The connector with lead frames joined to all of the arrays of elongate cantilever beam arms thereof then comprises an assembly ready to be soldered to a circuit element, such as VHSIC cards secured to both sides of a central cooling plate, or perhaps to both surfaces of a single two-sided circuit board. The circuit element is inserted between the lead frames of both arrays and between and against the trace-proximate solder preforms of the fingers of both strips and registration attained of the traces with the fingers and indirectly with the first contact sections on contact-proximate surfaces of the fingers. The presoldering steps are performable without the need to reassure alignment and spacing of the individual first contact sections since the bimetallic carrier strips of the lead frames maintain the spacing and alignment during handling and shipping of the connector assembly prior to soldering which may easily now be performed remote from the site of connector manufacture without expensive contact arm realignment and respacing and special alignment tooling therefor.
The contact sections are pressed against the respective traces to assure engagement of the solder preforms of the lead frame fingers with the traces; flux is again added at the solder sites; the bimetallic carrier strip is again engaged by RF-transmitting tooling of an RF generating apparatus; and the lead frames again generate thermal energy sufficient to reflow solder; solder joints are now formed joining the trace-proximate surfaces of the fingers to the conductive traces of the circuit elements, and the solder joints of the fingers to the first contact sections again resolidify so that the first contact sections are now soldered to the traces. The carrier strip extending away from the arm free ends and away from the solder joints is now carefully manipulated to be broken from the fragile fingers extending therefrom and removed from the now-soldered assembly, electrically isolating all the joints of first contact sections and circuit traces and defining discrete electrical connections of the connector contacts with the circuit element traces.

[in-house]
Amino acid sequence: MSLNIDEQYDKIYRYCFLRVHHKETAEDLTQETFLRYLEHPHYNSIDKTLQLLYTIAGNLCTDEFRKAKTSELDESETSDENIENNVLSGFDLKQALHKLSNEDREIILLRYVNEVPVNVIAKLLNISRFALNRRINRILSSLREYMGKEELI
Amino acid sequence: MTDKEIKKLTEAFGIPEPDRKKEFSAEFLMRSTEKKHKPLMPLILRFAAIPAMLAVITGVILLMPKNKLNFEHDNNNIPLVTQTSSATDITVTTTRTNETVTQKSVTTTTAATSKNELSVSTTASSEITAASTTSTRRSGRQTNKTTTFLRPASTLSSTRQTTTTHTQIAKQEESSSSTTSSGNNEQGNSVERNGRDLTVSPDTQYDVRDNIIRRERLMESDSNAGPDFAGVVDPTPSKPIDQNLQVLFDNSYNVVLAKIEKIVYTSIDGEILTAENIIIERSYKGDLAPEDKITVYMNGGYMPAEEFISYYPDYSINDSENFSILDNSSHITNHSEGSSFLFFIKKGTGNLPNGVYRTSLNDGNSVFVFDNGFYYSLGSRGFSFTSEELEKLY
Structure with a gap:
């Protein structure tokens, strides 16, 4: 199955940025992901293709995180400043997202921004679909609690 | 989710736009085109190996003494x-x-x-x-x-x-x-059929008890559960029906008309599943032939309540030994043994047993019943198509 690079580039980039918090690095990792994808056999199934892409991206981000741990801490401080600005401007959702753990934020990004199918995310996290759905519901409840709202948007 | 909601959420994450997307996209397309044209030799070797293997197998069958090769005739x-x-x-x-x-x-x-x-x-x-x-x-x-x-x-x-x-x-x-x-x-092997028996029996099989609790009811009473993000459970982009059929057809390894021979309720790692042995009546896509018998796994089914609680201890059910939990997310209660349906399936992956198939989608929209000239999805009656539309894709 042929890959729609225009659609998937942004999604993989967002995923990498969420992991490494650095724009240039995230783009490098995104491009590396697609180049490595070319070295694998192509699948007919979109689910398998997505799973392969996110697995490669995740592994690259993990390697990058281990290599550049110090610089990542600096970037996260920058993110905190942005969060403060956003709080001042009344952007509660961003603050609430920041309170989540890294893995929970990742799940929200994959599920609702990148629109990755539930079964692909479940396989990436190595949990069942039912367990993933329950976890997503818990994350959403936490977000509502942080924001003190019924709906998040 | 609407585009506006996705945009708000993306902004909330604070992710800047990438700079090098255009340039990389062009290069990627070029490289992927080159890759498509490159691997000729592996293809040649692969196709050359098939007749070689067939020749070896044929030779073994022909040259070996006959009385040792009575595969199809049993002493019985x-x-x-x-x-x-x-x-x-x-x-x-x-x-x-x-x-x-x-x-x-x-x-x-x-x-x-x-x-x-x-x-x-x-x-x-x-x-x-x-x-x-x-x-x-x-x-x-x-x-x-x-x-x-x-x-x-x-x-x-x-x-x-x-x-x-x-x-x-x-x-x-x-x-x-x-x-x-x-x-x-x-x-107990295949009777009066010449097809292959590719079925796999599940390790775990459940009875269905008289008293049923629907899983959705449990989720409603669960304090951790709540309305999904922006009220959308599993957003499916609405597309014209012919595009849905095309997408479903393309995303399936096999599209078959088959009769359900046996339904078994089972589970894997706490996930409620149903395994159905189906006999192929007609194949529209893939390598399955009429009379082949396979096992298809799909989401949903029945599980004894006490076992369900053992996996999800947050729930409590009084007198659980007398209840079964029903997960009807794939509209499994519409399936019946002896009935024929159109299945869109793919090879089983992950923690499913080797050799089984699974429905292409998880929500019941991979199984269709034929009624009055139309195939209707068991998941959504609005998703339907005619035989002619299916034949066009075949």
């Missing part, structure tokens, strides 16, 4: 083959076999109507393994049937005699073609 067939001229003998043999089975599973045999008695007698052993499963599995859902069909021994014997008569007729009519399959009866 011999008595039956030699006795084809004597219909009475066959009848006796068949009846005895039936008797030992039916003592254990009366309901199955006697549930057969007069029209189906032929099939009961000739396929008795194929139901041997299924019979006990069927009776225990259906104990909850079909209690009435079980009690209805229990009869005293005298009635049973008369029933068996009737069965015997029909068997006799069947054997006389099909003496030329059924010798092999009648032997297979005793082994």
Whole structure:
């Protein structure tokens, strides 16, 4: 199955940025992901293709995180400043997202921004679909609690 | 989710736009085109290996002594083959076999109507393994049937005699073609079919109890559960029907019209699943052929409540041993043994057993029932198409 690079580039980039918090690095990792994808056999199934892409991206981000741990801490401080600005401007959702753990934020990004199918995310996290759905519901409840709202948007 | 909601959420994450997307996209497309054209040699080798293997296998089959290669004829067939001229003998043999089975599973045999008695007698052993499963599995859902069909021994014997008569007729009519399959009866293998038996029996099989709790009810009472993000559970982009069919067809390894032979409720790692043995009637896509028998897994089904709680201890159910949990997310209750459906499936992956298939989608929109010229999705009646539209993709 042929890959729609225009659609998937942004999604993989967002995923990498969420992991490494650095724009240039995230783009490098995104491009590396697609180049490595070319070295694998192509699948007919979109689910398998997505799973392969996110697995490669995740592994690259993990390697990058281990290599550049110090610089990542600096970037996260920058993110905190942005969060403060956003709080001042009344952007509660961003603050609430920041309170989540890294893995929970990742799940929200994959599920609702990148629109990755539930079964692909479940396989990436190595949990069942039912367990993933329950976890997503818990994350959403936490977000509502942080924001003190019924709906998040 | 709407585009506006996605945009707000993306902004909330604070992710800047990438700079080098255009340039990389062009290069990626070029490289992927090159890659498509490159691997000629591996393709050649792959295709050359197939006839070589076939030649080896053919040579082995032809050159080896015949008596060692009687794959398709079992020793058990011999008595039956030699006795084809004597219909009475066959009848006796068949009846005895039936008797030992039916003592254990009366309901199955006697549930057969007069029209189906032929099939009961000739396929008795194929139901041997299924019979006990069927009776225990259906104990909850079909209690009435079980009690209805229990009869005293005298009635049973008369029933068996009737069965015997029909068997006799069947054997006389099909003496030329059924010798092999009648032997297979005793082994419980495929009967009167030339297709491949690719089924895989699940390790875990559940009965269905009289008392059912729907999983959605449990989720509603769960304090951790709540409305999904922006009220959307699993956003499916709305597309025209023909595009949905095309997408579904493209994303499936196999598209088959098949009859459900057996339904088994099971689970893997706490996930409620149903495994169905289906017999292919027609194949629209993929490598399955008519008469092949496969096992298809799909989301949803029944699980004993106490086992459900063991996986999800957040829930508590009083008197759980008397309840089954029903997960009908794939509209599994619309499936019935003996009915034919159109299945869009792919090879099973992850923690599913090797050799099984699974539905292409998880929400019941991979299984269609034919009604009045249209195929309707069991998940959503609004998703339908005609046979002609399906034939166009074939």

With the present invention, no manual soldering is thus necessary nor another conventional soldering process, such as a vapor phase reflow process, wherein the entire printed circuit element would be have to be subjected to high temperatures of the levels necessary to reflow solder in order to mount the connector contacts to the traces. With heat generated very quickly at only the solder sites for only a very brief time period, little heat remains to have deleterious effects. Delamination of conventional printed circuit boards as is common with hand soldering especially, is thus avoided. The present invention also enables electronic components such as integrated circuit chips and even optical devices such as LEDs and detectors and their associated terminated fiber optic cables to be mounted such as by soldering to the circuit element, prior to mounting the connector to the circuit element, if desired.
It is an objective of the present invention to fabricate a connector to have an integral means to maintain the precise spacing and alignment of pluralities of contact arms having contact sections defined thereon and especially when the contact arms are elongate cantilever beams, during shipping and handling prior to eventual soldering of the contact sections to conductive traces of circuit elements.
It is another objective to provide for a simplified process of soldering of the contact sections of a connector to conductive traces of circuit elements, and simplify the tooling necessary to prepare the connector for soldering at the soldering site.